Related Terms

Acetaldehyde, acetic acid, addiction, ADHD, alanine aminotranferease, Alcohol Dependence Data Questionnaire, alcoholic beverage, ALT, anxiety, aspartate aminotransferase, AST, attention-deficit/hyperactivity disorder, BAC, binge drinking, blackout, blood alcohol content, CAGE questionnaire, cancer, carbon dioxide, cardiomyopathy, CDT, chronic, cirrhosis, depression, Diagnostic Criteria of Mental Disorders, dopamine D2 receptor, dopamine, DRD2, DSM-IV-TR, FAS, fetal alcohol syndrome, gamma glutamyltransferase, GGT, hangover, high blood pressure, high carbohydrate deficient transferrin, hypertension, hypertriglyceridemia, liver, macrocytosis, mental retardation, metabolism, metabolized, Michigan Alcohol Screening Test, neurotransmitter, obesity, pancreatitis, porphyria, relapse, serotonin, smoking, social phobia, stroke, water, withdrawal.

alcohol and the body

Alcohol, or ethanol, acts as a drug affecting the central nervous system (CNS). Its behavioral effects, such as slurred speech or stumbling, are a result of its influence on the response in the nervous tissue and not on the muscles or senses themselves. Alcohol is a depressant, and depending on the dose, can be a mild tranquilizer or a general anesthetic. At very low doses, alcohol can appear to be a stimulant by suppressing certain inhibitory brain functions. However, as concentration increases, further suppression of nervous tissue functions produce the classic symptoms of intoxication, including slurred speech, unsteady gate, disturbed sensory perceptions, and inability to react quickly. At high concentrations, ethanol produces general anesthesia. A highly intoxicated person will be in a coma-like state and very difficult to wake. In extreme cases, if the alcohol concentration is high enough, it will inhibit basic involuntary bodily functions such as breathing and can cause death.
Alcohol is metabolized (a body process of converting ingested substances to other compounds) by the liver. Metabolism involves a number of processes, one of which is referred to as oxidation. Through oxidation in the liver, alcohol is detoxified to the chemical acetaldehyde, then to acetic acid (vinegar), and finally to carbon dioxide and water. Alcohol and toxins are removed from the blood, preventing them from accumulating and destroying cells and organs. A small amount of alcohol escapes metabolism and is excreted unchanged in the breath, in the sweat, and in urine. Until all the alcohol consumed has been metabolized, it is distributed throughout the body, affecting the brain and other tissues.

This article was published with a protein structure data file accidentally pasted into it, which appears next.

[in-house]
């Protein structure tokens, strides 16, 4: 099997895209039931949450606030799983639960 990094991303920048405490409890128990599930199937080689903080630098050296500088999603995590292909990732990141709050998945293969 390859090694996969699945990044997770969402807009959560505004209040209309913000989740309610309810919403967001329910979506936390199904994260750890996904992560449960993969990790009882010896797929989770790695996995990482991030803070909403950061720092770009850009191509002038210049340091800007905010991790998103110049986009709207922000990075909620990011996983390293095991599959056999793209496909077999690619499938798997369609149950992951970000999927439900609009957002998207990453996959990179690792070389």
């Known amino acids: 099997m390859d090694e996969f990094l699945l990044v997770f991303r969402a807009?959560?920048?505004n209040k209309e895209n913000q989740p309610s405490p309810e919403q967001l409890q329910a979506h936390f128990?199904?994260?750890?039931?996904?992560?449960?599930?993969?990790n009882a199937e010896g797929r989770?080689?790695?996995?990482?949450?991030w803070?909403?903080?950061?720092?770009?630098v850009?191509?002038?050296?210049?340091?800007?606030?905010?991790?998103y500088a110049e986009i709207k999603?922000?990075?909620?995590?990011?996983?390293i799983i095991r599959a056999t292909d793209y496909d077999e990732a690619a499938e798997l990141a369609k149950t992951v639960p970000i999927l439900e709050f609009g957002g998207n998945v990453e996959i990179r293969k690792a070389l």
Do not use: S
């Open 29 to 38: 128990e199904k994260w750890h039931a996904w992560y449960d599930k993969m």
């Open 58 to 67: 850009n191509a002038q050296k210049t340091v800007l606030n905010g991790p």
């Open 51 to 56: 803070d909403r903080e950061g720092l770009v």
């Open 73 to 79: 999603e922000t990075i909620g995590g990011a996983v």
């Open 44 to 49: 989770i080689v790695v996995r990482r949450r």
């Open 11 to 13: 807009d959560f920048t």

The liver can metabolize only a certain amount of alcohol per hour, regardless of the amount that has been consumed. The rate of alcohol metabolism depends, in part, on the amount of metabolizing enzymes in the liver, which varies among individuals. In general, after the consumption of one standard drink, the amount of alcohol in the drinker's blood peaks within 30-45 minutes. A standard drink is defined as 12 ounces of beer, 5 ounces of wine, or 1.5 ounces of 80-proof distilled spirits, all of which contain the same amount of alcohol. Alcohol is metabolized more slowly than it is absorbed. Since the metabolism of alcohol is slow, consumption needs to be controlled to prevent accumulation in the body and further intoxication.
Moderation: Drinking in moderation may lower the risk for coronary heart disease, including high cholesterol levels, high blood pressure, and heart attack, mainly among men over age 45 and women over age 55. However, with increased consumption of alcohol, there are increased public health dangers, such as alcoholism, hypertension (high blood pressure), obesity, stroke (neurological damage resulting from lack of oxygen to brain tissue), cardiomyopathy (inflammation of the heart muscle), a number of cancers, liver disease, accidents, suicides, and fetal alcohol syndrome. In addition, individuals with an inherited predisposition to a variety of metabolic conditions, such as hypertriglyceridemia (genetic disorder where the levels of triglycerides in the blood are abnormally high), pancreatitis (inflammation of the pancreas), and porphyria (an inherited disease that results in low heme or iron carrying particle in the blood), should not consume alcohol at all. There are other factors that reduce the risk of heart disease, including a healthy diet, physical activity, avoidance of smoking, and maintenance of a healthy weight. Moderate consumption provides little, if any, health benefit for younger people.